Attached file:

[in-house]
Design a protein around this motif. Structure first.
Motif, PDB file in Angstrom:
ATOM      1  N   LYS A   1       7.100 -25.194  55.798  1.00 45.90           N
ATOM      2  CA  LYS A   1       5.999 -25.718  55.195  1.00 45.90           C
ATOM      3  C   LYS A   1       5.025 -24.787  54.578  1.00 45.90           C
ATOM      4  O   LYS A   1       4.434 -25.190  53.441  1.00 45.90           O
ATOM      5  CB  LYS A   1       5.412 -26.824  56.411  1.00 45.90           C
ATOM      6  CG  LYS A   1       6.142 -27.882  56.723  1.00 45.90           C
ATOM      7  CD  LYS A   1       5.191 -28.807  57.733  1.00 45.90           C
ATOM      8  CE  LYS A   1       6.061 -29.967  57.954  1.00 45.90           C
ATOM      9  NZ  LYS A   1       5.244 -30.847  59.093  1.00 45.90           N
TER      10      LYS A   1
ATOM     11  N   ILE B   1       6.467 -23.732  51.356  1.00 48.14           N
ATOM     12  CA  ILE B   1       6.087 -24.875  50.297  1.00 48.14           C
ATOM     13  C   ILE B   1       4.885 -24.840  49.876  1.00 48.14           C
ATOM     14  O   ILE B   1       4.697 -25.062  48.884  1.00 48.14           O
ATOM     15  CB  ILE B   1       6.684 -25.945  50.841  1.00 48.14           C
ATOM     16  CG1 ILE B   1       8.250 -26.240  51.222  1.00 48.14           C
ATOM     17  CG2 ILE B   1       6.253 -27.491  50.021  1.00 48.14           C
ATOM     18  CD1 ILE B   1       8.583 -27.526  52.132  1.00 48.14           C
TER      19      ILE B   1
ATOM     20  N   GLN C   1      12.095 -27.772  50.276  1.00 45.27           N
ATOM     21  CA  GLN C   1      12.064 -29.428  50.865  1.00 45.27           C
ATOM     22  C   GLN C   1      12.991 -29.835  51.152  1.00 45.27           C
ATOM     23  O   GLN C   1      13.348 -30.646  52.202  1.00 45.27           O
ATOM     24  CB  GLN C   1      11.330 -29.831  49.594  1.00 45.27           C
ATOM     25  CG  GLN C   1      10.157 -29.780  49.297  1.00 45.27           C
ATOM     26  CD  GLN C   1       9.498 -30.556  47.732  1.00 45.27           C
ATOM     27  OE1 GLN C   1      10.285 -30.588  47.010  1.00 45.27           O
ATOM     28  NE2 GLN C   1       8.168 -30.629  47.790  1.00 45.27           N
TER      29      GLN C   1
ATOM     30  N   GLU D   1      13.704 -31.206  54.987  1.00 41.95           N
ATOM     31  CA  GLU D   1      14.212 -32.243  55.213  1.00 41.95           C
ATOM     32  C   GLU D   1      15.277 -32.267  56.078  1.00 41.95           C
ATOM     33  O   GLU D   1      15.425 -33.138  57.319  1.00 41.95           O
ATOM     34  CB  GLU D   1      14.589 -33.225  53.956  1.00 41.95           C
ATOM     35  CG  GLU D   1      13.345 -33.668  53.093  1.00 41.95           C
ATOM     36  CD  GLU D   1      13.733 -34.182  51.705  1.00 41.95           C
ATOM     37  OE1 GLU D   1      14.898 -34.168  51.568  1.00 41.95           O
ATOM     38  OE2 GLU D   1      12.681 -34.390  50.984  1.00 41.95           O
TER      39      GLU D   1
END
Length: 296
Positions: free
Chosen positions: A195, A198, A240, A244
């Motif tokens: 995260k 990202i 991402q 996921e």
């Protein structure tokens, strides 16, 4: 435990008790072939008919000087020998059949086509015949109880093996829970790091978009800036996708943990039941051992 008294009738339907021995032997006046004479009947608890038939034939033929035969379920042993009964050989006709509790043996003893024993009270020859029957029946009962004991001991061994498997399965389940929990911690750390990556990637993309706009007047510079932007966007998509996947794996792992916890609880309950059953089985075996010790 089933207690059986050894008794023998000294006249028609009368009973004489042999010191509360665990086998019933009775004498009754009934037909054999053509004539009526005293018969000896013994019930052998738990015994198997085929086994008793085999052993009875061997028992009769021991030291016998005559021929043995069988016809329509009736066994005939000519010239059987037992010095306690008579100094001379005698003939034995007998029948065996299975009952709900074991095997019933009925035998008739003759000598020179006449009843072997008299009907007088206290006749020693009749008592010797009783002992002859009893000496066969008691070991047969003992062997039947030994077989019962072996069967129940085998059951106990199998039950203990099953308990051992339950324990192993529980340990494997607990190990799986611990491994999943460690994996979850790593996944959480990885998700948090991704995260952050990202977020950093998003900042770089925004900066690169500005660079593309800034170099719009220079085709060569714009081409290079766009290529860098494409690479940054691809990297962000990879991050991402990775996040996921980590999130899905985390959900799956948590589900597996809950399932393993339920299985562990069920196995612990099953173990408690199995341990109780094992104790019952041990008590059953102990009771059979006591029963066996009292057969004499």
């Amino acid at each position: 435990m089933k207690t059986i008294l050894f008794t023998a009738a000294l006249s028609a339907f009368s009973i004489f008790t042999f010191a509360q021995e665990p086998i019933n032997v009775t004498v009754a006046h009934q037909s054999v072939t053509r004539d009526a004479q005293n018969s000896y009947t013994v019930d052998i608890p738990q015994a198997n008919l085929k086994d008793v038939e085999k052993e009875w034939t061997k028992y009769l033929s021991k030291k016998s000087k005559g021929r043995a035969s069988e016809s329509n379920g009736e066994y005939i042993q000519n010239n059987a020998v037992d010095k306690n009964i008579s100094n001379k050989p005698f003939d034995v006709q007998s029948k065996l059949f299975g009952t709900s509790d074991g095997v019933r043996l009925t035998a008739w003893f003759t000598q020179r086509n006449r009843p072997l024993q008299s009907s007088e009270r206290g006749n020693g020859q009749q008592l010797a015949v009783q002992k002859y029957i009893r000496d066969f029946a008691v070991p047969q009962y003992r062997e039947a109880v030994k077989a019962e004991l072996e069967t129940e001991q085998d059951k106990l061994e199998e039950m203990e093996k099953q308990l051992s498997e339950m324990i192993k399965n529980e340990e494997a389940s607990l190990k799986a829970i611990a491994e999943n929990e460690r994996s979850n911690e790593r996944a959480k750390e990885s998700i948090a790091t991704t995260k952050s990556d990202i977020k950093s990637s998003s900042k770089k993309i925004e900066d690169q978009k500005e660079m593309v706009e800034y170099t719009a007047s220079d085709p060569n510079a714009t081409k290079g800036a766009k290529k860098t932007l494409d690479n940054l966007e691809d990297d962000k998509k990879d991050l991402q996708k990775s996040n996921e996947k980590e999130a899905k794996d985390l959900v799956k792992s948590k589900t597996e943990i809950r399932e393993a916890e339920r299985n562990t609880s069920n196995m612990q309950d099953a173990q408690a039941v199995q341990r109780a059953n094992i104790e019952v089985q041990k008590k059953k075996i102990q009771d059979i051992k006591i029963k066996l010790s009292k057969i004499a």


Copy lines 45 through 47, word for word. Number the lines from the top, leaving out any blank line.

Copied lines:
Positions: free
Chosen positions: A195, A198, A240, A244
């Motif tokens: 995260k 990202i 991402q 996921e």